Even assuming that there were some conduct suggestive of waiver, though, Lewis has also failed to show any prejudice. As we have consistently said, “prejudice is essential for a [finding of] waiver” even though the showing of prejudice can be “tame at best.” Id. at 949 (internal quotation marks and citation omitted). Here, we are unable to find, for example, any “delay [that] was protected” or “litigation-related activities [that] were copious.” Id. at 950. A finding of waiver would thus still be inappropriate, and the district court did not err in reaching that conclusion.2
The second issue in this appeal is whether C–S's counterclaim is subject to arbitration. That, in turn, hinges on whether C–S's assertions are governed by the Maurice Trust or the 2010 settlement agreement. On this question, we conclude that C–S's claim fundamentally boils down to whether the terms of the Maurice Trust entitled it, as a successor-in-interest to the Fund, to certain assets of the QTIP trust.
To set the stage, Maurice utilized broad language when crafting his trust agreement. It noted that “[a]ny controversy or claim arising out of or relating to this trust agreement, or the breach thereof, shall be settled by arbitration.” Meanwhile, the settlement agreement stated that “the Commonwealth of Massachusetts shall have exclusive jurisdiction over any action related to, or arising out of, this Agreement.”
Whether an arbitration clause covers a specific claim is initially a question of state contract law, although we invoke a presumption in favor of arbitration where the clause is “ambiguous about whether it covers the dispute at hand.” Dialysis Access Ctr., LLC v. RMS Lifeline, Inc., 638 F.3d 367, 379 (1st Cir.2011). Here, the Maurice Trust is governed by Florida law, which also has a strong public policy favoring arbitration. See 13 Parcels LLC v. Laquer, 104 So.3d 377, 380 (Fla.Dist.Ct.App.2012).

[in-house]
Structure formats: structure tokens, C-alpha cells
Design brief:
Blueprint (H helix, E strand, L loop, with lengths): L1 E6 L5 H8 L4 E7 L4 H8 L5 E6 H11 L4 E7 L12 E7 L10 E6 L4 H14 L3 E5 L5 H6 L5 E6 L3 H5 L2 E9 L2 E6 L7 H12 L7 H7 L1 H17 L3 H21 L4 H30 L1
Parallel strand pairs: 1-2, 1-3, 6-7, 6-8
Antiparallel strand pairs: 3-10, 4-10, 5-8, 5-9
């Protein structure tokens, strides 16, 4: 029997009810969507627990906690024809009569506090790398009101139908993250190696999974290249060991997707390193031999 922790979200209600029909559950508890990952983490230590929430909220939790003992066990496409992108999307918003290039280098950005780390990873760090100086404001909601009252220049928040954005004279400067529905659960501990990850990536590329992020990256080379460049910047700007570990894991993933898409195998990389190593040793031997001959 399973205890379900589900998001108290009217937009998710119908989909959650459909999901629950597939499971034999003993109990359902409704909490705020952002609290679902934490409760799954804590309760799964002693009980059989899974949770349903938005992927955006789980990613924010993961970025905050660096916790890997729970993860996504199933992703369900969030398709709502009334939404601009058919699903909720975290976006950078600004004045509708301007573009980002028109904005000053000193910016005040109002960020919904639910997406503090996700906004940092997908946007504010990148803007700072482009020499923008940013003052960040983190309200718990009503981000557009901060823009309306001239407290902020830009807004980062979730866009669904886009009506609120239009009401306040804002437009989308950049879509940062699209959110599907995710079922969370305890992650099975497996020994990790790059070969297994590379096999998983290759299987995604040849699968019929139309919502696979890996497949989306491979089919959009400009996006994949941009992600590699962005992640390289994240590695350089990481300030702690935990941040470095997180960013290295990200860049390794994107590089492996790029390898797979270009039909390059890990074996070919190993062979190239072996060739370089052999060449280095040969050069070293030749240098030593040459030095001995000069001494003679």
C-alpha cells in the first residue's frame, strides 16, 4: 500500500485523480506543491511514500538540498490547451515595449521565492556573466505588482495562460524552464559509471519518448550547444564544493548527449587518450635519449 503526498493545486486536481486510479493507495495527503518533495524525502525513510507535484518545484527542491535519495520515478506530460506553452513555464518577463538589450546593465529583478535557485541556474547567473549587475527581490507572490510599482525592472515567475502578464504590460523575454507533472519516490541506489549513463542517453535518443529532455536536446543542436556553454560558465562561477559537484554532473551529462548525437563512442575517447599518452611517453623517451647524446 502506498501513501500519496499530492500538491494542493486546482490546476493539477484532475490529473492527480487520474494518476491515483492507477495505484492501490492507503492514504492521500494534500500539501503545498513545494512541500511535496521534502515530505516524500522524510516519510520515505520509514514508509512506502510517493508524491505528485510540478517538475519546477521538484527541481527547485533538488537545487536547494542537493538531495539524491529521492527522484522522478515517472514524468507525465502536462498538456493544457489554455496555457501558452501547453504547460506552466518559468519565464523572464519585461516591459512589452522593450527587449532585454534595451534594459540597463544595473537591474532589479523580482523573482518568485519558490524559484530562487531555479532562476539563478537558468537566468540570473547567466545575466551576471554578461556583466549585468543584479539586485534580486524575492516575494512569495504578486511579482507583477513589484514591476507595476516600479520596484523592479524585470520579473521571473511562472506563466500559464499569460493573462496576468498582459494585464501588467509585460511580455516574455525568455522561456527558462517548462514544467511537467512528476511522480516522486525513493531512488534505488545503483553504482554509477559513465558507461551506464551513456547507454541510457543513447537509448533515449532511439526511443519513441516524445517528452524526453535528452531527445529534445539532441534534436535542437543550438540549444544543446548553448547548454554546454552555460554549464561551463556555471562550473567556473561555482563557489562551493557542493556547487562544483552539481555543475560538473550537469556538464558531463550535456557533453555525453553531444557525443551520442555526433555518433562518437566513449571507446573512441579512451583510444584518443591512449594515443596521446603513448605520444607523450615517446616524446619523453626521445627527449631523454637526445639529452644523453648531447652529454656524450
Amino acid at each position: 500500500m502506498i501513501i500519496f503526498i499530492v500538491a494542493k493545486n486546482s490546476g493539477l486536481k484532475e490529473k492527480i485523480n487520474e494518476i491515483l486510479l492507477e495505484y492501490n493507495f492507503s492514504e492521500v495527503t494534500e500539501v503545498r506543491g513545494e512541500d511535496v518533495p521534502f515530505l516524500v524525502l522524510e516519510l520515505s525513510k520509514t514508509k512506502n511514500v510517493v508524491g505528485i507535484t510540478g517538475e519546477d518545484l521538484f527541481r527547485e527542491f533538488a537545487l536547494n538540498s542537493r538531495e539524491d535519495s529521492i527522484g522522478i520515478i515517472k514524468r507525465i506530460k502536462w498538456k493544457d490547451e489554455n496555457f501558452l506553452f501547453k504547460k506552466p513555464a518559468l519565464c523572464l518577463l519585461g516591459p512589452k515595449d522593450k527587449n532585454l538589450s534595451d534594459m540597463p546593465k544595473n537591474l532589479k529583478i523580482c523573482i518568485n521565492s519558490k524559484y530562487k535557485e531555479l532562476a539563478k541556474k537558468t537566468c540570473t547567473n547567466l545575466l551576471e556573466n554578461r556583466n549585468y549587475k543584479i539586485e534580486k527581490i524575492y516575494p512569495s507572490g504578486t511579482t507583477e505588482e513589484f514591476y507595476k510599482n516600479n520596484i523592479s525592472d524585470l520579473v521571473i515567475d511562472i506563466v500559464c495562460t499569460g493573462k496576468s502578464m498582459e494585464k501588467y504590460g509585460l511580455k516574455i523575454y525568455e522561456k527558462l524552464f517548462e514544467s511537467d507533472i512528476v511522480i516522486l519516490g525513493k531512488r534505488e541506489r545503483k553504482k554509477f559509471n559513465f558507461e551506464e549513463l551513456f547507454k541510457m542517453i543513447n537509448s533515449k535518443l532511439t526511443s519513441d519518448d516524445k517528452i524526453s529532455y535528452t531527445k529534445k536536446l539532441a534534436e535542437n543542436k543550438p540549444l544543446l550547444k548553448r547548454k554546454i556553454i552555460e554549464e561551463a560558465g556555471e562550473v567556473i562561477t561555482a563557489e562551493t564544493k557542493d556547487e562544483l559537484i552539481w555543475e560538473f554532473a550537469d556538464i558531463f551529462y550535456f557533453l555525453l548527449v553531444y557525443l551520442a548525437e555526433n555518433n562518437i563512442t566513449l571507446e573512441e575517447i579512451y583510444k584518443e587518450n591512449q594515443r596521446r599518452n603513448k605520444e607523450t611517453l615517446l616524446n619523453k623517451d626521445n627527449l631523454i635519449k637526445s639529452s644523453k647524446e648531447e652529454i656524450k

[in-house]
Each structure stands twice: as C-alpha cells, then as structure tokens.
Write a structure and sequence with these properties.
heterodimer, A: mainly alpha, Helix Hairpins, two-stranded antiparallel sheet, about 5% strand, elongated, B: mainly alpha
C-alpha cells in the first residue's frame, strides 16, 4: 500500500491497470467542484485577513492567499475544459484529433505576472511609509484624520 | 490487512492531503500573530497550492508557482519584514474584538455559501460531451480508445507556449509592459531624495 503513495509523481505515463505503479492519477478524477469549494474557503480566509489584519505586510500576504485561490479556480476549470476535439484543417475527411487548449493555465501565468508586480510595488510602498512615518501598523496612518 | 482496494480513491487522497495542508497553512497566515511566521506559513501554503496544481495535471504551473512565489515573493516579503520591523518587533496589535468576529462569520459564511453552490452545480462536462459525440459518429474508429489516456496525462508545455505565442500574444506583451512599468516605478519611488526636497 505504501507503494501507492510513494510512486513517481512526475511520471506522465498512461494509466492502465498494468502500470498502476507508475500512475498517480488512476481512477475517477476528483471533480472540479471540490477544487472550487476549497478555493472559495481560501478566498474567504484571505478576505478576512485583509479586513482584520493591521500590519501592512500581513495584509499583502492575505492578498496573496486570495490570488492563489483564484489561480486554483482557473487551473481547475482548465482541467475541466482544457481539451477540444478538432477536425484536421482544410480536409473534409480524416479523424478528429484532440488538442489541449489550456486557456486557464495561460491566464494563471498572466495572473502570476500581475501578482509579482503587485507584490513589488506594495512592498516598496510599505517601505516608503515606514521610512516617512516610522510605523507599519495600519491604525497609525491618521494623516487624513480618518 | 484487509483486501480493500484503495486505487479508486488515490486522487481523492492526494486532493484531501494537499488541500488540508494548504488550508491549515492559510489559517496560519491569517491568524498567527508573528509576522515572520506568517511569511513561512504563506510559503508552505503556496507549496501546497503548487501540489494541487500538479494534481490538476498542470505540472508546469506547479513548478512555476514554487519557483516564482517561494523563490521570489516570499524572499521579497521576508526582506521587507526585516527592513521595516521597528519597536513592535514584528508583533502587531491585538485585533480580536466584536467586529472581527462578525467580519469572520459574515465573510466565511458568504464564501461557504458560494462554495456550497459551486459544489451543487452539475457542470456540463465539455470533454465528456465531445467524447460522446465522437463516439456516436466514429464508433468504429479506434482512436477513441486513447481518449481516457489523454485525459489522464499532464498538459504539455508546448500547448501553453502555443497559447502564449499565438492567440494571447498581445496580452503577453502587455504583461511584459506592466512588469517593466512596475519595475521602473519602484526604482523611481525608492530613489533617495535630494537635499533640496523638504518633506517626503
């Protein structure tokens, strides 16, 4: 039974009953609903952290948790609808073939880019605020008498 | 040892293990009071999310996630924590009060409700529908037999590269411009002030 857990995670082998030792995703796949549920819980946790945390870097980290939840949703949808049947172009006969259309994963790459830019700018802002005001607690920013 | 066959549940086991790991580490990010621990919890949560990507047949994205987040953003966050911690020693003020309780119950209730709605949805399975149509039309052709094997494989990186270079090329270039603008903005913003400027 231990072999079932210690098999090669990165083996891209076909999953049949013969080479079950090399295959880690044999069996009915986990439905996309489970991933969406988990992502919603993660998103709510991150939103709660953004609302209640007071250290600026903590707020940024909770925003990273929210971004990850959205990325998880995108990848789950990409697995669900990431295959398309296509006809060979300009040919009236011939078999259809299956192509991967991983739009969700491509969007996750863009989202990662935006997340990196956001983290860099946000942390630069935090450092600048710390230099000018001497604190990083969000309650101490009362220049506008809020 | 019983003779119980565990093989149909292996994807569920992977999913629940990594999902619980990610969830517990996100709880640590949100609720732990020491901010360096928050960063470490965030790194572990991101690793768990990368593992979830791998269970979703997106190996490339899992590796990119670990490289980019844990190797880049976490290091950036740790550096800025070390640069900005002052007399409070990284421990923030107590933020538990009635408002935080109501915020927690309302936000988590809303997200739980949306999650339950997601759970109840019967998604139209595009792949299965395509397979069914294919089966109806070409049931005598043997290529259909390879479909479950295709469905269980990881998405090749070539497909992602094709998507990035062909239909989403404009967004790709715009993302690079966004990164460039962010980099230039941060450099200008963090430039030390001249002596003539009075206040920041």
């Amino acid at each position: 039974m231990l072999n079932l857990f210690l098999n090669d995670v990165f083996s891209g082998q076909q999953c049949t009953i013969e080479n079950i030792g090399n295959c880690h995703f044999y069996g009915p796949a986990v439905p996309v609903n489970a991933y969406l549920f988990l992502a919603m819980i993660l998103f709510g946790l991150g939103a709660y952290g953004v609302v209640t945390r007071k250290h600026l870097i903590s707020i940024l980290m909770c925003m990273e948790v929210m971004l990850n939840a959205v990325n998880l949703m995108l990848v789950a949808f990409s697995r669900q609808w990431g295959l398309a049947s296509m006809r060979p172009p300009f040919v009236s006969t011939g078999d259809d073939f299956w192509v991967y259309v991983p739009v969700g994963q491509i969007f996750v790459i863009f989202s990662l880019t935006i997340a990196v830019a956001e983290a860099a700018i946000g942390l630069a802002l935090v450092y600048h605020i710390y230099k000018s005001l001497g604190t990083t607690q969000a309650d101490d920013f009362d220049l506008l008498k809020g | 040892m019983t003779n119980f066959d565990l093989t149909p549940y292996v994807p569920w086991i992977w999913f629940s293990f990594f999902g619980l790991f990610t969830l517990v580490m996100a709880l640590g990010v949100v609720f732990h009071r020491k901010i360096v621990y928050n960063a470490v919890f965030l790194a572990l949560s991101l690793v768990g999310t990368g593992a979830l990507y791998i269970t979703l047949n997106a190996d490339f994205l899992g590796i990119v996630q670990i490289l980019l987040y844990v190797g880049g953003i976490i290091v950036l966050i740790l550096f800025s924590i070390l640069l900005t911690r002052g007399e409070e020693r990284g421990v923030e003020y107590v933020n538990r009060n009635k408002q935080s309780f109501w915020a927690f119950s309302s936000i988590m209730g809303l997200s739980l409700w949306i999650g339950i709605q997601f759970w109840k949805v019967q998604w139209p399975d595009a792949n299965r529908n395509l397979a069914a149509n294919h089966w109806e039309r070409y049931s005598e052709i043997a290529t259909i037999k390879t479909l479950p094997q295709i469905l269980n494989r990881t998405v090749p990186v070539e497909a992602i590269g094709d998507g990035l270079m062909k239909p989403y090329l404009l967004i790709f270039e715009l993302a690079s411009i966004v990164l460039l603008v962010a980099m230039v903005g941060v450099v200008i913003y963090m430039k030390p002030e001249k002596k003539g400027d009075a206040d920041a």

FPE's central theory is that C–S's counter-claim derives exclusively from the parties' 2010 settlement agreement. As a result, it argues that the “arise under” and “relate to” language in the Maurice Trust simply does not apply to C–S's claims. Thus, according to FPE, the forum selection clause of the settlement agreement—calling for resolution in Massachusetts state courts—must be given full effect.3
Florida takes a broad view of the phrase “relates to” in the context of a forum selection clause. Under that state's law, “relates to” merely requires a “significant relationship” between the claim asserted and the contract containing the arbitration provision. See Jackson v. Shakespeare Found., Inc., 108 So.3d 587, 593 (Fla.2013). This requires a “contractual nexus” which exists when “the claim presents circumstances in which the resolution of the disputed issue requires either reference to, or construction of, a portion of the contract.” Id.
Here, it is helpful to clarify the contours of C–S's counter-claim. C–S does not contend that FPE somehow breached the settlement agreement or that FPE acted in a manner entitling C–S to recover. Instead, it is arguing that, as provided in the settlement agreement, it is a successor-in-interest to the Fund established by the Maurice Trust and thus, like FPE, has a direct, financial interest in any moneys that should have been passed to the Fund. To the extent that the QTIP trustees exceeded their power, it was to the direct detriment of C–S's pecuniary interest. Thus, if FPE recovers anything on that claim, C–S insists that it, too, is entitled to share in the recovery.